It’s burned as energy or eliminated as nitrogen by the kidneys. Since parasites often cause blood loss in smaller ruminants, higher protein levels in the diet may enhance the animal’s immune response.
Also read: Lucerne – top-quality feed for your animals
Fibre should also form part of a ruminant’s diet as it maintains a healthy rumenand prevents the incidence of digestive upsets. Fibre sources such as grass or lucerne also contain other building blocks, carbohydrates and protein, for instance.
Also read: Manage the rumen for profit
The most important vitamins and minerals are salt, calcium, and phosphorus. The ratio of calcium to phosphorus should be kept at 2:1 to prevent metabolic conditions such as urinary calculi. Small ruminants require vitamins A, D and E.
“In Europe, vitamin D is referred to as the “sunlight” vitamin, but we have enough sunlight here to not really need extra vitamin D,” Midgley says. Most vitamins already occur in feed, but vitamins K and B are manufactured in the rumen.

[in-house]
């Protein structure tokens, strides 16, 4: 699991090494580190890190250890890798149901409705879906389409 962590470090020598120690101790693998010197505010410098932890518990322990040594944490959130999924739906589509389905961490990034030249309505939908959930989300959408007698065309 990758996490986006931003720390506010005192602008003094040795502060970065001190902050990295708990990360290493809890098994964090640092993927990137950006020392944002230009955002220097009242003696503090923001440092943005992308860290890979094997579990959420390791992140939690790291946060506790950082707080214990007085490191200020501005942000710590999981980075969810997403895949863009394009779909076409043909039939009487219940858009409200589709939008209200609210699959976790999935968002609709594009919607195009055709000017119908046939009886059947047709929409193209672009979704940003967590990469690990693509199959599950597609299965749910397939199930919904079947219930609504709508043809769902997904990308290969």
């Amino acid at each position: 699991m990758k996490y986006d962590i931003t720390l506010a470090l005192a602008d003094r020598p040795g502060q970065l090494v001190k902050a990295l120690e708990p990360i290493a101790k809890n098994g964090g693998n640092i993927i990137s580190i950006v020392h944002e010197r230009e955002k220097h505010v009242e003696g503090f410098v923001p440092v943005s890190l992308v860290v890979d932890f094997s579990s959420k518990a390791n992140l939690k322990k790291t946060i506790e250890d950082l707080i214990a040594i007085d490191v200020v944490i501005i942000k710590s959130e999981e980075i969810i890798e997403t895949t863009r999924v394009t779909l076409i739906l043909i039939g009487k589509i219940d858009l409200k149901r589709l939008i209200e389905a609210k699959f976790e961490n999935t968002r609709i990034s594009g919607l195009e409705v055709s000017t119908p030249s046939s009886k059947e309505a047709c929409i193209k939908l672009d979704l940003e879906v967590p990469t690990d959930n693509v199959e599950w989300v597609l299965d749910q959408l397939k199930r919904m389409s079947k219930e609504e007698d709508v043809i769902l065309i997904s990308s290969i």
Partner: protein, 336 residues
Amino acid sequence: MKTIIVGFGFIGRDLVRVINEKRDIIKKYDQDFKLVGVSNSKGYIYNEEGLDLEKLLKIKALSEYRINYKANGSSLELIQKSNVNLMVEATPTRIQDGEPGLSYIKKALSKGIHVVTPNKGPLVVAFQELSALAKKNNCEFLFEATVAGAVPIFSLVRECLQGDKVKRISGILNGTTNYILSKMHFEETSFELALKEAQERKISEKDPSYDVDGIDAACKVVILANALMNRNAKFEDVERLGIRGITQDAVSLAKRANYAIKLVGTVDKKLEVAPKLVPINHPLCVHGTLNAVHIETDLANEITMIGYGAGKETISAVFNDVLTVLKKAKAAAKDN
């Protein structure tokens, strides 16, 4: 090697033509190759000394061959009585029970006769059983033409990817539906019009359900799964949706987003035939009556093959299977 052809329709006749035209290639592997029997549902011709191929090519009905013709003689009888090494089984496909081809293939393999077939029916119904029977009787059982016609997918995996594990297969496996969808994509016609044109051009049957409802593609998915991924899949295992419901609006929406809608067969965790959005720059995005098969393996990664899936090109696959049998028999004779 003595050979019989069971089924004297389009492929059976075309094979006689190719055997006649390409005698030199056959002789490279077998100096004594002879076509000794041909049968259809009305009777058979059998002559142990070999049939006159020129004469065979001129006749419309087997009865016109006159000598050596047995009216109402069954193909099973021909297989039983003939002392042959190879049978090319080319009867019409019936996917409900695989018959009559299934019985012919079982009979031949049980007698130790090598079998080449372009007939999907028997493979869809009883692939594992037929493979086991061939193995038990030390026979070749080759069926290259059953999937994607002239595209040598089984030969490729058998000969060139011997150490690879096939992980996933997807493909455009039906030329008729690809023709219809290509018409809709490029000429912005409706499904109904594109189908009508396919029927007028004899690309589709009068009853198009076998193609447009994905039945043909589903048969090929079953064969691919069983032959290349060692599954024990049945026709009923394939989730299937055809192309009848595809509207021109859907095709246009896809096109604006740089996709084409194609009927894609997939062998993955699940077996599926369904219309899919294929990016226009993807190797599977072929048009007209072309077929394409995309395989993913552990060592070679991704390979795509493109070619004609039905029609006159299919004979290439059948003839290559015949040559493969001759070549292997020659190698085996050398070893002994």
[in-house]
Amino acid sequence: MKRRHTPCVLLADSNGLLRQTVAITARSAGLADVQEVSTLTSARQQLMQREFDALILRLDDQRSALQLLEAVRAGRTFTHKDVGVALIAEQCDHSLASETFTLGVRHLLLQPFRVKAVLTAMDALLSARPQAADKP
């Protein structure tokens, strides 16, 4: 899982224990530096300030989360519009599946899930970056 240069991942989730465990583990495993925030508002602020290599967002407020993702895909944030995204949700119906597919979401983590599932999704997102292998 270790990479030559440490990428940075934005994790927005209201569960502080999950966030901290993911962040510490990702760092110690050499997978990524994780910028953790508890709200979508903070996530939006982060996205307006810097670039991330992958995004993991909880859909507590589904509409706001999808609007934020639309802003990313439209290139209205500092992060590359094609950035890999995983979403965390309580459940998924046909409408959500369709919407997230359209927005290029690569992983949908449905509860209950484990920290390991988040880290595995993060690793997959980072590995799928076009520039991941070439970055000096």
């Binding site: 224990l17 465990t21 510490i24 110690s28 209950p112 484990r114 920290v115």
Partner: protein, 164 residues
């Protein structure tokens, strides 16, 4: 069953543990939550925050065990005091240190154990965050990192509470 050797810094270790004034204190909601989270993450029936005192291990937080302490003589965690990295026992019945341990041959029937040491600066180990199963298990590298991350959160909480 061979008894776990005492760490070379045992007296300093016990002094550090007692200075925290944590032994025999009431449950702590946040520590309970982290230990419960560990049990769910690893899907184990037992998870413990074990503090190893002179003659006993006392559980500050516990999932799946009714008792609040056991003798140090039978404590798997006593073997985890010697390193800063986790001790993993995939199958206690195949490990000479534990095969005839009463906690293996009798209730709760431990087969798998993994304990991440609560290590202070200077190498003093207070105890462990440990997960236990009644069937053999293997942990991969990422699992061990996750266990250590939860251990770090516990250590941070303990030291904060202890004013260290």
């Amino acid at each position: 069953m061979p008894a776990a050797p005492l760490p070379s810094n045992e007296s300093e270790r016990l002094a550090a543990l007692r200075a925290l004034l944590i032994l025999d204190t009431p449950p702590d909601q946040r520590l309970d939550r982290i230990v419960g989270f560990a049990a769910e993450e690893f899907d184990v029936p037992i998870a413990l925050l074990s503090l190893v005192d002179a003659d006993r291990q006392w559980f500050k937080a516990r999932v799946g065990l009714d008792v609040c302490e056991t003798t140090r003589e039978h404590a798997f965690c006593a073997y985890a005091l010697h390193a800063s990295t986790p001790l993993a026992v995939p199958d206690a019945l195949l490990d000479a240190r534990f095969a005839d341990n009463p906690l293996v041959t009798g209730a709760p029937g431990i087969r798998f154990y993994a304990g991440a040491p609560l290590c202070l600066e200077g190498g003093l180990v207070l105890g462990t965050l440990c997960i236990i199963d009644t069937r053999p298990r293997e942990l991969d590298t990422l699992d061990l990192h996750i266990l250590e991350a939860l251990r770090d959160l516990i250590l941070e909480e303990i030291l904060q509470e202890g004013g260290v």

Water’s the cheapest feed ingredient and a shortage can cause health problems in animals. Sheep should always have access to clean, fresh water. A mature animal will consume 2.8 to 5.6 litres water per day. Remember that water requirements and intake increase during late gestation and lactation.
At times farmers have to feed supplements to provide the nutrients that forage alone cannot provide, particularly for high-producing animals.
Some experts believe that a free choice salt-vitamin-mineral premix should be available to small ruminants at all times (unless a premix has been incorporated into the grain ration or total mixed ration).
The controlled application of minerals and vitamins may be more effective, however. The danger of free choice is that animals might not consume the minerals they need, or they could consume too much.